Indignation as the kindling for practice

I’m exhausted and would love to go to bed, even though it’s not even 9 p.m. It might have to do with how I woke up suddenly at 5:30 this morning and was unable to fall back asleep because my mind immediately went to something I’ve been indignant about for a couple weeks now (a decision someone else made that directly affects me). I got up and inadvisably looked at my gmail inbox, where I saw an email about the violence levied against non-violent student Occupy protesters at U.C. Davis, sent on behalf of University of California President Mark Yudof. That made me even more indignant.

Needless to say, I was pretty heated by the time I got to the mat. And you know what? it was a lovely practice. In recent posts I’ve complained about how I have a hard time feeling warm enough when I practice at home, especially in the mornings. Well, my indignation seemed to be the kindling I needed today. I burned away thought after thought I don’t want or need. If you study the yogic system, this was my agni in action, right? My sacred fire. Tim Miller says one application of bandhas — the energy locks rooted between the tailbone and the navel — is taking the waste (toxins, impurities) to the incinerator. I love that image.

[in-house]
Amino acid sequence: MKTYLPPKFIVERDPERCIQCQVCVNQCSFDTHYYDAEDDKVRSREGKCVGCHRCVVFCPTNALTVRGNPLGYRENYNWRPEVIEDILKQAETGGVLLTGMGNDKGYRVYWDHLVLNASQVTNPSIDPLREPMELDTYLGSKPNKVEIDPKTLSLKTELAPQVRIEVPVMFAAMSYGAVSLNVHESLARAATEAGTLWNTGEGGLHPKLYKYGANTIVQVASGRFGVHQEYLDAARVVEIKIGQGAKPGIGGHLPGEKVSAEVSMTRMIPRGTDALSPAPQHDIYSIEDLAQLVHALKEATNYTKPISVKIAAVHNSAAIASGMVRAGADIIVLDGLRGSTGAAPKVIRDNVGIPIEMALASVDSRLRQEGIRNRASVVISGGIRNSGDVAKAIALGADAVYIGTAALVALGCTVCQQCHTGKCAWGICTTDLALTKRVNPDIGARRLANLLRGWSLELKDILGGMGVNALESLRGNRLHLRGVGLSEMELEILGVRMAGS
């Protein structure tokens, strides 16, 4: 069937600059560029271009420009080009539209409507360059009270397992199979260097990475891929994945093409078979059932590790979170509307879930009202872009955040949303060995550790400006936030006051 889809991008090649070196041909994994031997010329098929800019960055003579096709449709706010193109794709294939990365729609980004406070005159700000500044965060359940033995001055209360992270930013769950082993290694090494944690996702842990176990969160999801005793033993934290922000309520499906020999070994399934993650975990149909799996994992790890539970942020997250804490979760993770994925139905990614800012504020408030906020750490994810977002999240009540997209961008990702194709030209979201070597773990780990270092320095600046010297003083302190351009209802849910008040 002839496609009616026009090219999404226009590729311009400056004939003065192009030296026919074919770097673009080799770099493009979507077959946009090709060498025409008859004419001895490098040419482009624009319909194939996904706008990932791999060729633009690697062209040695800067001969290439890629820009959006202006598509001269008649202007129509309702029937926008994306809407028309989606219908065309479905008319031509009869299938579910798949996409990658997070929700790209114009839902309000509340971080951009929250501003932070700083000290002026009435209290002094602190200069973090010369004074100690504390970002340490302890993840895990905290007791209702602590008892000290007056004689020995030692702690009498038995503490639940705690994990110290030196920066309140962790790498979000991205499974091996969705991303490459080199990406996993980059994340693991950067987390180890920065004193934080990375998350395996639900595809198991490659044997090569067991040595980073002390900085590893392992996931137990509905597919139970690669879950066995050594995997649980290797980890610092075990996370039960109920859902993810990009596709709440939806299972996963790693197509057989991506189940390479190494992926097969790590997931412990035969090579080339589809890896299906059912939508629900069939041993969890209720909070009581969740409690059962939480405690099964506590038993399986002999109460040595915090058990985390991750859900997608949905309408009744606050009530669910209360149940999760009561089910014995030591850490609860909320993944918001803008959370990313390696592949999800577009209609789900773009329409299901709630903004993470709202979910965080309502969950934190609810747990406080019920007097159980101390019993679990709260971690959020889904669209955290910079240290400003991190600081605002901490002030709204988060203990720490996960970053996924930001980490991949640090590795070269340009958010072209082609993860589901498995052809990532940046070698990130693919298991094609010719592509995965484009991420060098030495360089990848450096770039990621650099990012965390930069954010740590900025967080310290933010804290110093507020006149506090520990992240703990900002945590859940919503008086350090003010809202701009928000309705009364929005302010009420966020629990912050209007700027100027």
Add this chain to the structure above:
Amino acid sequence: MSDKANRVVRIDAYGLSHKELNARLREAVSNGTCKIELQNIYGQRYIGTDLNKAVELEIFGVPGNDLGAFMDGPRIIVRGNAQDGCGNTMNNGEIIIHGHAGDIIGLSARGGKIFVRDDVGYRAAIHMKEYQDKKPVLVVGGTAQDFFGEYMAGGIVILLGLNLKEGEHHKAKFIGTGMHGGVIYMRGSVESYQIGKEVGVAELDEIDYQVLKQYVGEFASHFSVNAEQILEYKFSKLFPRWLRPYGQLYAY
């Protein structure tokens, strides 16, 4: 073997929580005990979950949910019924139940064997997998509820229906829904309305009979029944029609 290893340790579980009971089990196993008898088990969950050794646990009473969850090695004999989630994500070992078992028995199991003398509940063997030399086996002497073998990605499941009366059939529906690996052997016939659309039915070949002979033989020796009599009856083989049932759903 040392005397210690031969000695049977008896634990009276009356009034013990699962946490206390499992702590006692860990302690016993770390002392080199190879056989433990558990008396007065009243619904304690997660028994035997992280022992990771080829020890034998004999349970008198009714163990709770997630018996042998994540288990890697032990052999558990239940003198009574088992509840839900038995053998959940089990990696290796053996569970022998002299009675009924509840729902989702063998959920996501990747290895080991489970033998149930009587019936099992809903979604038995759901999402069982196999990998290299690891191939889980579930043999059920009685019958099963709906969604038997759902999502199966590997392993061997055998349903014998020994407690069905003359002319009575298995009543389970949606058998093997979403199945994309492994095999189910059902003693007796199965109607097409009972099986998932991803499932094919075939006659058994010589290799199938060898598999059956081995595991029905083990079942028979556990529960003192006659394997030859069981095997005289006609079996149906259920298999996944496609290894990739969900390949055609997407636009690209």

But I didn’t burn it all away this morning (I am human). So I guess I’ll be back on the mat again tomorrow.

P.S. — My kindling this morning was all mental — emotional reactions to external events. But there’s also a physical aspect you can think about from this perspective. At a recent workshop in Chicago, Tim brought up asanas — our yoga postures — and the friction and resistance we meet when in them. “We should be thankful for our own resistance,” Tim said, “because it creates the fuel for our sacred fire.”

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